Relationships require an impeccable amount of patience, trust and respect. One of the hardest parts of being in a relationship is having difficult, must-have conversations, so getting to the point where you are having healthy and open conversations with your partner can take time and practice. Don’t worry if you or your partner do not have great communication skills yet. If you are both willing to put in the time, there is no reason why you cannot build the best communication skills for your relationship. To get started, take a look at these tips on how to tackle difficult conversations with your partner.
Don’t Put Things Off
The worst thing you can do is to hold off on talking about something that is bothering you. If you let things go unsaid and let them build-up, it is only a recipe for disaster. Talk to your partner about things openly so there is constant communication between the two of you.
Identify The Real Problem
Have you and your partner ever argued about something small that turned into a major blow up? When things are left to build up, it can be hard to see where the anger initially stemmed from. Make sure you both ask yourselves what is triggering this emotion or reaction. Then start your conversation there.
Think Before You Speak
This doesn’t mean that you should keep things from your partner, it means that sometimes holding back what you want to say and really listening to what your partner has to say is all you need to do.
Use “I” Statements
In arguments, we immediately go for the “you” statements: “you don’t care how I feel,” “you never help around the house,” and so on. These statements can come off like an attack to the other person, which causes them to get defensive. When you are talking to your partner, try to make the shift from “you” statements to “I” statements. For example, “I feel like I don’t have the support I need around the house.”
Lay Ground Rules
If you and your partner don’t have ground rules for when you fight, things can get out of hand every once in a while. It is important to set boundaries and rules with your partner so that you refrain from calling each other names, bringing up the past, shutting down when upset, and so on.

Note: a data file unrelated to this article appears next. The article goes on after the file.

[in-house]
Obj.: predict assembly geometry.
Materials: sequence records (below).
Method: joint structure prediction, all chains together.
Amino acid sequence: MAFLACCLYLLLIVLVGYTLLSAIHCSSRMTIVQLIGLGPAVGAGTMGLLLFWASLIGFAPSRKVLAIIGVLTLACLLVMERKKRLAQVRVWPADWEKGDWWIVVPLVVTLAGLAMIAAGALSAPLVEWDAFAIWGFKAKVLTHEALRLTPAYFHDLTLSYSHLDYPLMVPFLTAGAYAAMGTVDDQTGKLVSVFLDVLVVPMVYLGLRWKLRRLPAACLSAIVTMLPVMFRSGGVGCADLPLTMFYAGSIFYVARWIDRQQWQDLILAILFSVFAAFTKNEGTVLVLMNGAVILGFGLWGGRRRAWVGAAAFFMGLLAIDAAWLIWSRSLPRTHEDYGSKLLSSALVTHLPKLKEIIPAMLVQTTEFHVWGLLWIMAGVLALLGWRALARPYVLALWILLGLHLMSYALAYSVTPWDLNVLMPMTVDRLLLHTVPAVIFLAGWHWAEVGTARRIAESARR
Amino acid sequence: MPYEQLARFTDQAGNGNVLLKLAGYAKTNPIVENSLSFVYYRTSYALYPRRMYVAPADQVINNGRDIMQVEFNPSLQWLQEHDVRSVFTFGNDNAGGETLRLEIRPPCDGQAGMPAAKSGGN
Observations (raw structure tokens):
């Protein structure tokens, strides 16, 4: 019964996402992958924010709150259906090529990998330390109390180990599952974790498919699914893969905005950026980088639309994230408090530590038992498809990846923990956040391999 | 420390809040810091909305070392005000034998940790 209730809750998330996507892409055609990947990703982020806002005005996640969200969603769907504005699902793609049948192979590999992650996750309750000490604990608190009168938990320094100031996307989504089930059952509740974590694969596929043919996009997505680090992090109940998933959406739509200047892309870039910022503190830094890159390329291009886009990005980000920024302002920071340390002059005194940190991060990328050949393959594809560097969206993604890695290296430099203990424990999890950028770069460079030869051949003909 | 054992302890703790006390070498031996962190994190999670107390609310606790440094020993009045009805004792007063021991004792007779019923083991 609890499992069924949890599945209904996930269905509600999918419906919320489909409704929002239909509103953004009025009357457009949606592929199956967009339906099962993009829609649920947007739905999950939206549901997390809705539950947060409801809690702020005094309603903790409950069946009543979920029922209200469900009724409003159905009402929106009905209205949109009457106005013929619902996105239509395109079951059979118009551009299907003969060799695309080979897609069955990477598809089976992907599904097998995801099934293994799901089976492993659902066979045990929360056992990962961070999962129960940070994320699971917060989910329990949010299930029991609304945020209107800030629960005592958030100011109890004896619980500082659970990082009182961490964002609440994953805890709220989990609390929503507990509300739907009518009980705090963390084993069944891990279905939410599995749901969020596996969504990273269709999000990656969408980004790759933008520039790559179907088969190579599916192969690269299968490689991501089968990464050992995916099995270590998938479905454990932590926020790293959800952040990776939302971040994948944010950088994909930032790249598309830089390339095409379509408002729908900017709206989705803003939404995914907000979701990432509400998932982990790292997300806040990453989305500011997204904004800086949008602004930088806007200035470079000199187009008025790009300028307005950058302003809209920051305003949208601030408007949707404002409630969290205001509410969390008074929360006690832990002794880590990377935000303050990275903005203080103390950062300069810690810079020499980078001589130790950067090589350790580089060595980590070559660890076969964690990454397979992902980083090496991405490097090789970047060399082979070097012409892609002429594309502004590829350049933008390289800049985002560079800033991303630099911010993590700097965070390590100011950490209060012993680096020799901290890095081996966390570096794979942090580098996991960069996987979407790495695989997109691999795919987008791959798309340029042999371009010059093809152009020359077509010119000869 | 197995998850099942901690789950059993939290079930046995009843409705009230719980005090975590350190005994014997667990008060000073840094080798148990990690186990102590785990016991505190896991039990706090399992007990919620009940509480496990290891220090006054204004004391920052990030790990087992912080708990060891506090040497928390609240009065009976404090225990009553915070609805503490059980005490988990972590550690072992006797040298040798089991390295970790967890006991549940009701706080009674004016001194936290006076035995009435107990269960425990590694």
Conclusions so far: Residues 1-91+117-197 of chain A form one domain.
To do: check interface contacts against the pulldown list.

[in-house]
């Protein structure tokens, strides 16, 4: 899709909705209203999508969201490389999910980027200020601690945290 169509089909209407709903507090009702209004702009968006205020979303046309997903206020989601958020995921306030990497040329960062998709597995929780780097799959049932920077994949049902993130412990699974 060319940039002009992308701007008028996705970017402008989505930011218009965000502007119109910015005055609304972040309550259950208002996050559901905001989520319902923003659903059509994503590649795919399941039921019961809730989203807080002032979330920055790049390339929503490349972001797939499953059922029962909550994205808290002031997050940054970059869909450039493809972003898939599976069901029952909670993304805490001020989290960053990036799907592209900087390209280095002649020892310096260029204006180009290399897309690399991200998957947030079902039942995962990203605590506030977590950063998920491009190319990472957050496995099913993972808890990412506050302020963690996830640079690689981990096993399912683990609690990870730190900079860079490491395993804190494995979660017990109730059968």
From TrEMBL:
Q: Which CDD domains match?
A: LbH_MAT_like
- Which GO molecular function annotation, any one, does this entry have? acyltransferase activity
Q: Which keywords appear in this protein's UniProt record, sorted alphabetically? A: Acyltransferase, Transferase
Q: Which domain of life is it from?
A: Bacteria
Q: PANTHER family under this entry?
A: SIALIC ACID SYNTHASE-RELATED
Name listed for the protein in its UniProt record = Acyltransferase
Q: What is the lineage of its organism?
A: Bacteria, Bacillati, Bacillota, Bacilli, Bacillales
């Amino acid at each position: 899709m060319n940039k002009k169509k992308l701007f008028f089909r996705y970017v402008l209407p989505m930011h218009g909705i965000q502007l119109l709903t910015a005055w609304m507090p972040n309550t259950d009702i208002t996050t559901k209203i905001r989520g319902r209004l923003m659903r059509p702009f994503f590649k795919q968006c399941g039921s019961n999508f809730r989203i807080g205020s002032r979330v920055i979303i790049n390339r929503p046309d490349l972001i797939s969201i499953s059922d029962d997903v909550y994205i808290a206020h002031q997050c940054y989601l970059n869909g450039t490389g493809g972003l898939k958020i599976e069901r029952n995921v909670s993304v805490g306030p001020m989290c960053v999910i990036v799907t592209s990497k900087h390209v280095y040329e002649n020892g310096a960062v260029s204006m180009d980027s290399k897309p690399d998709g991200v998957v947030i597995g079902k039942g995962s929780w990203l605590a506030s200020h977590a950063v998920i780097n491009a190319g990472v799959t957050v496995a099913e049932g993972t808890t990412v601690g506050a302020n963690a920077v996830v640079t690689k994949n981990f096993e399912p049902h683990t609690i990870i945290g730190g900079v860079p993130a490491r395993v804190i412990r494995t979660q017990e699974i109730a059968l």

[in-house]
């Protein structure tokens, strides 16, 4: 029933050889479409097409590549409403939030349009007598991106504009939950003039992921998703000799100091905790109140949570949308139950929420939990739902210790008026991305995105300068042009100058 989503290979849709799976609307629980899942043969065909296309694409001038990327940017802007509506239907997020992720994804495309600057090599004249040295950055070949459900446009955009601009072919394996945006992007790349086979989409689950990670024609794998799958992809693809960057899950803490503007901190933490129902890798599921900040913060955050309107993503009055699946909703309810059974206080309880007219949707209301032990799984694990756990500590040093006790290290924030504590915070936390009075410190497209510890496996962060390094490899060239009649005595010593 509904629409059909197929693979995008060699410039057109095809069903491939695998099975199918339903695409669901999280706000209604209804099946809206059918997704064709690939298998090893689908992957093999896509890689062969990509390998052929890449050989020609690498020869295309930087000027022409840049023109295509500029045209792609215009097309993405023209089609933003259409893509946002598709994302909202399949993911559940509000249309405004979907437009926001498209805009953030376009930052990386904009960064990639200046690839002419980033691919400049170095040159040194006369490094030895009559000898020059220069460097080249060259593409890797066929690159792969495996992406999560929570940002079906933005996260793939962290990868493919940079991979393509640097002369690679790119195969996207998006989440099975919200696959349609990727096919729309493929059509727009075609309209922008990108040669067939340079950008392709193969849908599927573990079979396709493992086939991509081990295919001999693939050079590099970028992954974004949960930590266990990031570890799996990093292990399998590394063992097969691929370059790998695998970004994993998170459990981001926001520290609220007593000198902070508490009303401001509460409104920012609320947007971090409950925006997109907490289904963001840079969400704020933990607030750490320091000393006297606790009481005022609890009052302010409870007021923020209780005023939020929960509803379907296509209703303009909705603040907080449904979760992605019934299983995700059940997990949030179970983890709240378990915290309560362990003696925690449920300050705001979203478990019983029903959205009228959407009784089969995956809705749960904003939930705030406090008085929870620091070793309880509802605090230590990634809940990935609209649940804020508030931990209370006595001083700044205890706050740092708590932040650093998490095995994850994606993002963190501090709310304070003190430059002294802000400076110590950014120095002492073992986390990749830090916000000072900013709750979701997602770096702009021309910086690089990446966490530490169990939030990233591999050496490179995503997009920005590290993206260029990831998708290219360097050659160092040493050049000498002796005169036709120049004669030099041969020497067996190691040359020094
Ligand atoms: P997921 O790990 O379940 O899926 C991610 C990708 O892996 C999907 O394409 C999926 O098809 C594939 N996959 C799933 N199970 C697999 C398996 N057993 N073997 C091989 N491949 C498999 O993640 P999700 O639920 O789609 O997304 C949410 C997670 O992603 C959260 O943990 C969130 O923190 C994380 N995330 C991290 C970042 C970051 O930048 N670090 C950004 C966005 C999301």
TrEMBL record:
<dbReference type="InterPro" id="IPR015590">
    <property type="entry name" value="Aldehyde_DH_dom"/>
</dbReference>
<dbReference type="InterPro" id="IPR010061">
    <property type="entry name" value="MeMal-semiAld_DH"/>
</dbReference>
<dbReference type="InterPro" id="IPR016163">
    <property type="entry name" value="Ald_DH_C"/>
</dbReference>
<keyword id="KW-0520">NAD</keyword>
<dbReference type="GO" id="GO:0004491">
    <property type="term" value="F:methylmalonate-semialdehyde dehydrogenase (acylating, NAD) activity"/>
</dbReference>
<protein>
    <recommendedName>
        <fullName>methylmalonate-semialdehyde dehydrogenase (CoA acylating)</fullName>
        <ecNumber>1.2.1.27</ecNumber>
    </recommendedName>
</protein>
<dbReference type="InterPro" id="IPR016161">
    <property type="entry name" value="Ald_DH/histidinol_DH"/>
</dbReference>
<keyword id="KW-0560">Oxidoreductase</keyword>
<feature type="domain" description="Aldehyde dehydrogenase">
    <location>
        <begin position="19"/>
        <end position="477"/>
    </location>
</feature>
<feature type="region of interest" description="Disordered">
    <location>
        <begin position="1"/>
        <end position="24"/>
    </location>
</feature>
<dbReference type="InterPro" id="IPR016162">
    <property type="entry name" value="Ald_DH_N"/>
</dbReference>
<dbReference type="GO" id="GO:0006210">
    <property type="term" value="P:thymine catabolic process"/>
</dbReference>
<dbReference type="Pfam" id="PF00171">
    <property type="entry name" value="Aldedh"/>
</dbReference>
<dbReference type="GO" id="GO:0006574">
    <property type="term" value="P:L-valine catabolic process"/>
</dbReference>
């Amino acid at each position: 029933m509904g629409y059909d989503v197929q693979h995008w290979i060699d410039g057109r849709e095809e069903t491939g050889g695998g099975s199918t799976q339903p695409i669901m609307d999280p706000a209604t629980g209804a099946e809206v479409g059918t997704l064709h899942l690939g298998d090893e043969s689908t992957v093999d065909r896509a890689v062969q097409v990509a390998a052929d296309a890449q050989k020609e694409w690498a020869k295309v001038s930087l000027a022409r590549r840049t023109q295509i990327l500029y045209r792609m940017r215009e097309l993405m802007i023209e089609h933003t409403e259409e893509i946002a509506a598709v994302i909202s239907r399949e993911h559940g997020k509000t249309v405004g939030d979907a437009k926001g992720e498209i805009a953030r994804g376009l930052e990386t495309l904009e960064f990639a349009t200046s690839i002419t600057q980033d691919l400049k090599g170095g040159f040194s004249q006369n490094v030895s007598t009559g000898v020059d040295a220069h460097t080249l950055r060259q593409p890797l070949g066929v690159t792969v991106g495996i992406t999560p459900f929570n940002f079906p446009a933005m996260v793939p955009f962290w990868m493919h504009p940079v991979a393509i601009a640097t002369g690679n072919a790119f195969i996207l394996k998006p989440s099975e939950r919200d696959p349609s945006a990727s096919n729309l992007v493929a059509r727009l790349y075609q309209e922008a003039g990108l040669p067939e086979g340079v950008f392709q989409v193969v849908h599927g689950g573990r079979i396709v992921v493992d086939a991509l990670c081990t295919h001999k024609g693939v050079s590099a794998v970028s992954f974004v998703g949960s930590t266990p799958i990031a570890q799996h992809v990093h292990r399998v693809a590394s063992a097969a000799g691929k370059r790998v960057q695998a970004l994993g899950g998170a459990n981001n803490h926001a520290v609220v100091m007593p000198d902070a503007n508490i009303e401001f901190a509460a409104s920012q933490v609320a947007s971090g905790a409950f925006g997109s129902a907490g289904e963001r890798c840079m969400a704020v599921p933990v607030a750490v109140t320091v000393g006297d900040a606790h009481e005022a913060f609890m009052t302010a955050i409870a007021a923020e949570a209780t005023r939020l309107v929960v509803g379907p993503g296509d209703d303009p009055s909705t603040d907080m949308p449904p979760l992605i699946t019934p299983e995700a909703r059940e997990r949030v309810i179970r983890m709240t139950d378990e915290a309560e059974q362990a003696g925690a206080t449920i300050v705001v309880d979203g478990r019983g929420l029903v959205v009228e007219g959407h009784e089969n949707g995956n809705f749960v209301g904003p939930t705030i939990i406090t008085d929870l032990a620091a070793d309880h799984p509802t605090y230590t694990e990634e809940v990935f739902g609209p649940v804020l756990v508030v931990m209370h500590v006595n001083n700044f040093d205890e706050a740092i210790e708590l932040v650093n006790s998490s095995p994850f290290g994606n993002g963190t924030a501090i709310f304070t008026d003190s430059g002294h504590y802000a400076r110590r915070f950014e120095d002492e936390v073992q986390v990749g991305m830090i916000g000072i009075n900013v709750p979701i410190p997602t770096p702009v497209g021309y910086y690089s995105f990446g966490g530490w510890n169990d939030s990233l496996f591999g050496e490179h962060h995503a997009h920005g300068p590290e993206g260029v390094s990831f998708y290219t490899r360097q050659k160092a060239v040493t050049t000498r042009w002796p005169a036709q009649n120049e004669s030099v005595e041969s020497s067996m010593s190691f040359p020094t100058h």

Hearing criticism about yourself is never fun, but try to make sure that you and your partner respect each other when you do critique one another. Don’t let yourself get defensive, instead listen to what your partner has to say. It usually is, ultimately, coming from a place of love.
Don’t Try To Control Your Partner’s Emotions
Trying to control each other’s emotions is a sign of an unhealthy relationship. It is important to acknowledge that both partners have the right to feel their own feelings, and even if you don’t agree, you should respect one another.
Focus on Common Goals
When having difficult conversations with your partner, focus on what your goals as a couple are. Chances are if both partners don’t express what it is they want out of the conversation, someone is going to be left unsatisfied. If you recognize what your goals are, you can make the shift from argument to discussion.
Acknowledge Your Partner’s Feelings
Listen to and acknowledge your partner’s feelings. Most of the time, all we want is to be heard. The best thing you can do to diffuse an argument is acknowledge and support each other’s feelings, no matter how small.
Support Change in One Another
Long-lasting relationships go through many changes, both in the relationship itself and also within the individuals in the relationship. Change in any sense is a process, and it’s important to support your partner through changes so you can grow together.